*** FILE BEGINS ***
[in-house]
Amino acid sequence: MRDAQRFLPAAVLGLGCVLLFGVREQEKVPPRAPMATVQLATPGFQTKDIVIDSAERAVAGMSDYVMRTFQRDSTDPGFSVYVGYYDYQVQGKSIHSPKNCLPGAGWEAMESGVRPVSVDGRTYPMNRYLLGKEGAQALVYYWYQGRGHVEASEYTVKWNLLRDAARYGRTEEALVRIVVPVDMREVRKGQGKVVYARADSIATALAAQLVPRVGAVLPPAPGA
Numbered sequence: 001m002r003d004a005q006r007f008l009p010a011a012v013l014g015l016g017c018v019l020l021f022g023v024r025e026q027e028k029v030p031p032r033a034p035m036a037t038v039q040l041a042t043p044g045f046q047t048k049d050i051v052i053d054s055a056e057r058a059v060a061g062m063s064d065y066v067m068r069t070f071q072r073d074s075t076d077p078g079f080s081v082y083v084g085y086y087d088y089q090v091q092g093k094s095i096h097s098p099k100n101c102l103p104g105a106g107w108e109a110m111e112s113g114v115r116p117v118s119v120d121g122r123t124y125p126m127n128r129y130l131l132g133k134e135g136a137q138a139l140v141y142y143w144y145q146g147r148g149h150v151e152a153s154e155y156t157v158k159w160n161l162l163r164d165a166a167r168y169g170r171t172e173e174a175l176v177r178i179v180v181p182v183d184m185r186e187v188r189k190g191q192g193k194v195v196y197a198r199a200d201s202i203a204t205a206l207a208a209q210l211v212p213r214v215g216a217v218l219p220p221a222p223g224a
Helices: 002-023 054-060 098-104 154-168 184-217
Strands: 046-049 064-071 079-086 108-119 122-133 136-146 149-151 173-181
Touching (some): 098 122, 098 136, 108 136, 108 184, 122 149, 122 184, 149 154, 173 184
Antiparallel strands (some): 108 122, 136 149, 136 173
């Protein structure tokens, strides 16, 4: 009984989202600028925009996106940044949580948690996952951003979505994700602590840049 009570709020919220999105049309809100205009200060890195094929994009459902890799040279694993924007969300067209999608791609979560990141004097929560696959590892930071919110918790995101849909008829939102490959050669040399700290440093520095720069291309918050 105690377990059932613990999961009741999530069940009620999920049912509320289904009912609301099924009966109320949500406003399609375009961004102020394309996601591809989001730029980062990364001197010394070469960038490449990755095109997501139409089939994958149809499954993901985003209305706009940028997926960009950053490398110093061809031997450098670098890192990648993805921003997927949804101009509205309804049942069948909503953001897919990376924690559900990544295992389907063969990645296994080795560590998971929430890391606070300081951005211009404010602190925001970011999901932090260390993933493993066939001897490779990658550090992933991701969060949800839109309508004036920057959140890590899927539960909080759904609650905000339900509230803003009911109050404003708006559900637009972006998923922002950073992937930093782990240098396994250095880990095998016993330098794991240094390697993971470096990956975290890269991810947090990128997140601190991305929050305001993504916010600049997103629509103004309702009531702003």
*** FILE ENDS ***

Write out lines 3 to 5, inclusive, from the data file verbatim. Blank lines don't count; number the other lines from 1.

Numbered sequence: 001m002r003d004a005q006r007f008l009p010a011a012v013l014g015l016g017c018v019l020l021f022g023v024r025e026q027e028k029v030p031p032r033a034p035m036a037t038v039q040l041a042t043p044g045f046q047t048k049d050i051v052i053d054s055a056e057r058a059v060a061g062m063s064d065y066v067m068r069t070f071q072r073d074s075t076d077p078g079f080s081v082y083v084g085y086y087d088y089q090v091q092g093k094s095i096h097s098p099k100n101c102l103p104g105a106g107w108e109a110m111e112s113g114v115r116p117v118s119v120d121g122r123t124y125p126m127n128r129y130l131l132g133k134e135g136a137q138a139l140v141y142y143w144y145q146g147r148g149h150v151e152a153s154e155y156t157v158k159w160n161l162l163r164d165a166a167r168y169g170r171t172e173e174a175l176v177r178i179v180v181p182v183d184m185r186e187v188r189k190g191q192g193k194v195v196y197a198r199a200d201s202i203a204t205a206l207a208a209q210l211v212p213r214v215g216a217v218l219p220p221a222p223g224a
Helices: 002-023 054-060 098-104 154-168 184-217
Strands: 046-049 064-071 079-086 108-119 122-133 136-146 149-151 173-181